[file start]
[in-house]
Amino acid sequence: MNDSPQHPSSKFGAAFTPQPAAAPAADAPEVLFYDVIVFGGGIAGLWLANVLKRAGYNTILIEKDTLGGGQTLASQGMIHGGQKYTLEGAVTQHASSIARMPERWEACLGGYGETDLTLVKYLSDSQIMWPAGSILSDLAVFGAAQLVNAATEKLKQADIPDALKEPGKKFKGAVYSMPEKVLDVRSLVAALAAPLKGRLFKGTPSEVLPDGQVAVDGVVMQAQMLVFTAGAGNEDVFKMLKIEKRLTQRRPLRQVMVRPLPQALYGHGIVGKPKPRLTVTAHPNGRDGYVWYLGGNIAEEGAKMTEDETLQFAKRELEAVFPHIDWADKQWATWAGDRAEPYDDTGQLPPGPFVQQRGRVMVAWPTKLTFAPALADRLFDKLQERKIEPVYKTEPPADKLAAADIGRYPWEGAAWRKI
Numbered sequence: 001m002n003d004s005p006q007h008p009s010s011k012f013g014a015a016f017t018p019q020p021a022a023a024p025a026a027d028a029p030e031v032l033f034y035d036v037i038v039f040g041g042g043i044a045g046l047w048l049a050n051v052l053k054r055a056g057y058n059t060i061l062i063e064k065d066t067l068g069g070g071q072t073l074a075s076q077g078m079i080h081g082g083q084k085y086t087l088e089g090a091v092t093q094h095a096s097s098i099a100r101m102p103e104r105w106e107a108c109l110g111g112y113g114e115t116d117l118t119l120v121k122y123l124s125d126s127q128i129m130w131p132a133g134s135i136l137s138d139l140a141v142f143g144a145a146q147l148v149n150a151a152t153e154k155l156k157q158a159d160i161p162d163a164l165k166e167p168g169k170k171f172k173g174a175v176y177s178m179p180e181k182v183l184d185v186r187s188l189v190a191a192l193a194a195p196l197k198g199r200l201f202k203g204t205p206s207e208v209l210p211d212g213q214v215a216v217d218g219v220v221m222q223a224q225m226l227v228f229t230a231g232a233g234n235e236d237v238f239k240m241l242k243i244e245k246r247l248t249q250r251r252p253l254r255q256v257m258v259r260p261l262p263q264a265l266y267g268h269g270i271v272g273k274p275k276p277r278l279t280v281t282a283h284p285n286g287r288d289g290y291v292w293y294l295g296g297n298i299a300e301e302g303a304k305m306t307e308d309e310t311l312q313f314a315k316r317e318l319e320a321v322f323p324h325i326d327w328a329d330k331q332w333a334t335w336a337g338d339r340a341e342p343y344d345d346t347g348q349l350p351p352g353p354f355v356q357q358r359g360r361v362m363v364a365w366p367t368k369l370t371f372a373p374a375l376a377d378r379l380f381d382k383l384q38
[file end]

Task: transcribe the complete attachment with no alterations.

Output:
[in-house]
Amino acid sequence: MNDSPQHPSSKFGAAFTPQPAAAPAADAPEVLFYDVIVFGGGIAGLWLANVLKRAGYNTILIEKDTLGGGQTLASQGMIHGGQKYTLEGAVTQHASSIARMPERWEACLGGYGETDLTLVKYLSDSQIMWPAGSILSDLAVFGAAQLVNAATEKLKQADIPDALKEPGKKFKGAVYSMPEKVLDVRSLVAALAAPLKGRLFKGTPSEVLPDGQVAVDGVVMQAQMLVFTAGAGNEDVFKMLKIEKRLTQRRPLRQVMVRPLPQALYGHGIVGKPKPRLTVTAHPNGRDGYVWYLGGNIAEEGAKMTEDETLQFAKRELEAVFPHIDWADKQWATWAGDRAEPYDDTGQLPPGPFVQQRGRVMVAWPTKLTFAPALADRLFDKLQERKIEPVYKTEPPADKLAAADIGRYPWEGAAWRKI
Numbered sequence: 001m002n003d004s005p006q007h008p009s010s011k012f013g014a015a016f017t018p019q020p021a022a023a024p025a026a027d028a029p030e031v032l033f034y035d036v037i038v039f040g041g042g043i044a045g046l047w048l049a050n051v052l053k054r055a056g057y058n059t060i061l062i063e064k065d066t067l068g069g070g071q072t073l074a075s076q077g078m079i080h081g082g083q084k085y086t087l088e089g090a091v092t093q094h095a096s097s098i099a100r101m102p103e104r105w106e107a108c109l110g111g112y113g114e115t116d117l118t119l120v121k122y123l124s125d126s127q128i129m130w131p132a133g134s135i136l137s138d139l140a141v142f143g144a145a146q147l148v149n150a151a152t153e154k155l156k157q158a159d160i161p162d163a164l165k166e167p168g169k170k171f172k173g174a175v176y177s178m179p180e181k182v183l184d185v186r187s188l189v190a191a192l193a194a195p196l197k198g199r200l201f202k203g204t205p206s207e208v209l210p211d212g213q214v215a216v217d218g219v220v221m222q223a224q225m226l227v228f229t230a231g232a233g234n235e236d237v238f239k240m241l242k243i244e245k246r247l248t249q250r251r252p253l254r255q256v257m258v259r260p261l262p263q264a265l266y267g268h269g270i271v272g273k274p275k276p277r278l279t280v281t282a283h284p285n286g287r288d289g290y291v292w293y294l295g296g297n298i299a300e301e302g303a304k305m306t307e308d309e310t311l312q313f314a315k316r317e318l319e320a321v322f323p324h325i326d327w328a329d330k331q332w333a334t335w336a337g338d339r340a341e342p343y344d345d346t347g348q349l350p351p352g353p354f355v356q357q358r359g360r361v362m363v364a365w366p367t368k369l370t371f372a373p374a375l376a377d378r379l380f381d382k383l384q38